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2021 Federal Fall Economic and Fiscal Update

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On December 14, the Finance Minister and Deputy Prime Minister Chrystia Freeland's delivered a second Fall Economic Statement focused on the fight against COVID-19.

The Fall Economic Statement makes significant commitments on new pandemic spending. Yet, Minister Freeland ended her speech on a note consistent with the Government's focus on core party priorities like climate change, Indigenous reconciliation, and the economy this year.

The Fall Economic Statement provided a fiscal snapshot that is outlined below:

  • A $25.1 billion surplus in Canada's balance of trade in October
  • Household employment income reaching seven percent above pre-pandemic levels
  • Recovery of the roughly three million jobs lost because of the pandemic
  • Canada is on track to reach its pre-crisis GDP five months quicker than after the 2008 recession.
  • Deficit of $327.7 billion for the last fiscal year and $144.5 billion for this fiscal year
  • The Debt-to-GDP ratio in FY 2020-21 was 47.5 percent. It is forecast to peak at 48.0 percent in FY 2021-22 and then decrease steadily.

The Fall Economic Statement featured a series of measures meant to address the rising cost of living and support workers in sectors still significantly affected by the pandemic. These measures were accompanied by an acknowledgement that the Government is "mindful of elevated inflation and its impact on the cost of living for Canadians" as well as an explanation that "inflation is a global phenomenon driven by the unprecedented challenge of re-opening the world's economy."

These comments seek to ward off attacks from the Conservatives and NDP. However, the measures announced position the Government as active on economic recovery and supportive of workers and industries. Commitments include:

  • An extension of the small business deadline for the repayment of Canada Emergency Business Account loans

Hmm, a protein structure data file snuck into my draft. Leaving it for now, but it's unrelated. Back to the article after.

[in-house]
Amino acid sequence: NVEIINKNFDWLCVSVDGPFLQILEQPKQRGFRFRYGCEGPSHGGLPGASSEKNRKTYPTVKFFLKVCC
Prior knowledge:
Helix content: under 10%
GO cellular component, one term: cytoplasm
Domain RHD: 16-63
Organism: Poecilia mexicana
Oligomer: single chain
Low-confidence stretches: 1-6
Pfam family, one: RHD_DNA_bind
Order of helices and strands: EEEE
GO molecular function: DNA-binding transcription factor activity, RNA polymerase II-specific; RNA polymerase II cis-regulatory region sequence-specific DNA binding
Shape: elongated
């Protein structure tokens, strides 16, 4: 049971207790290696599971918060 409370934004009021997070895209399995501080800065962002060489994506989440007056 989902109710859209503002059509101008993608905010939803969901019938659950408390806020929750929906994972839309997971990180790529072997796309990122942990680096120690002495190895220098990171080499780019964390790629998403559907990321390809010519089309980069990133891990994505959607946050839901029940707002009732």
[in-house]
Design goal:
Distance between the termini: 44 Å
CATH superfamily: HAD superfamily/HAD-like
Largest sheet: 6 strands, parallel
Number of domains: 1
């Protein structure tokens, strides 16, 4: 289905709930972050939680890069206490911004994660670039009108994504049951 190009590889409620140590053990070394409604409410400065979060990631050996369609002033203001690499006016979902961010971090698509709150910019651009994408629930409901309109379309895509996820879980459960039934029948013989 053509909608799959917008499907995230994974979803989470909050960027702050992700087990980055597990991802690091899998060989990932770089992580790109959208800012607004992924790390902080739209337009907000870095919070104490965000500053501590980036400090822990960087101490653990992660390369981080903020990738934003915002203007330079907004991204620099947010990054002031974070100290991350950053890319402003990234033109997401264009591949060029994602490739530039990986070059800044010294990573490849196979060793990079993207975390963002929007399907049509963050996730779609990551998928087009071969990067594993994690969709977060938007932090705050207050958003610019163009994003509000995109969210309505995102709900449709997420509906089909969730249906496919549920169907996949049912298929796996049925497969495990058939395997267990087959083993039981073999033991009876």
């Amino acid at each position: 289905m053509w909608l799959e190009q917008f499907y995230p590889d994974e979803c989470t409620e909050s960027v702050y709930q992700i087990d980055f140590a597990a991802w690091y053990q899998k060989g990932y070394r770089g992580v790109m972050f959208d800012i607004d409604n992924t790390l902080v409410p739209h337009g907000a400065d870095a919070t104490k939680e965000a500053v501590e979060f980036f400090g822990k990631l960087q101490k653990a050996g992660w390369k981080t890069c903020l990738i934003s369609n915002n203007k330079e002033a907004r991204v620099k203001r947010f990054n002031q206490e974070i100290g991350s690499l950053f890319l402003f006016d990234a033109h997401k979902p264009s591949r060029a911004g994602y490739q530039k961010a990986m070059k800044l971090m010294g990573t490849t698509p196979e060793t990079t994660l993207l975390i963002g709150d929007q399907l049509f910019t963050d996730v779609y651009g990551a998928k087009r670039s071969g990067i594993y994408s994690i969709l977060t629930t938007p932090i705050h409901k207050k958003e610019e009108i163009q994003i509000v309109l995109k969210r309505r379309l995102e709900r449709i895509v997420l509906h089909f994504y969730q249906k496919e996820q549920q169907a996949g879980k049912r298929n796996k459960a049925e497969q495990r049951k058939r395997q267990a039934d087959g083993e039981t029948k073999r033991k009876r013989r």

• Providing debt relief to students required to repay the ineligible Canada Emergency Response Benefits by proposing to offset their debt with the Canada Emergency Student Benefit amount for which they were eligible
  • Ensuring seasonal workers receiving pandemic benefits can still qualify for the EI Seasonal Workers Pilot Project.
  • Further extending the Canada Recovery Hiring Program until May 7, 2022
  • Establishing the $60 million Canada Performing Arts Workers Resilience Fund

Canadian supply chain congestion is a factor in driving up the cost of goods ahead of this year's holiday shopping. To address these concerns, $50 million is being committed under the National Trade Corridors Fund to assist Canadian ports with acquiring cargo storage capacity along with other measures. 


Minister Freeland emphasized the Government's role in fighting the pandemic and left the door open to future spending measures, noting an uncertain global economy and the unpredictability of COVID-19. New funding commitments to fight the pandemic include:

  • $1.7 billion to buy more than 180 million rapid tests
  • $4.5 billion to fund new costs around combatting Omicron and other COVID-19 surges
  • $37.4 million over three years, starting in 2021-22, to Transport Canada with implementation and oversight of the vaccine mandate for federally regulated air, rail, and marine employees and passengers
  • Up to $2 billion over two years to support the procurement of COVID-19 therapeutics, and associated costs

Please visit the Government of Canada website for additional information and to view the update. https://budget.gc.ca/efu-meb/2021/home-accueil-en.html  

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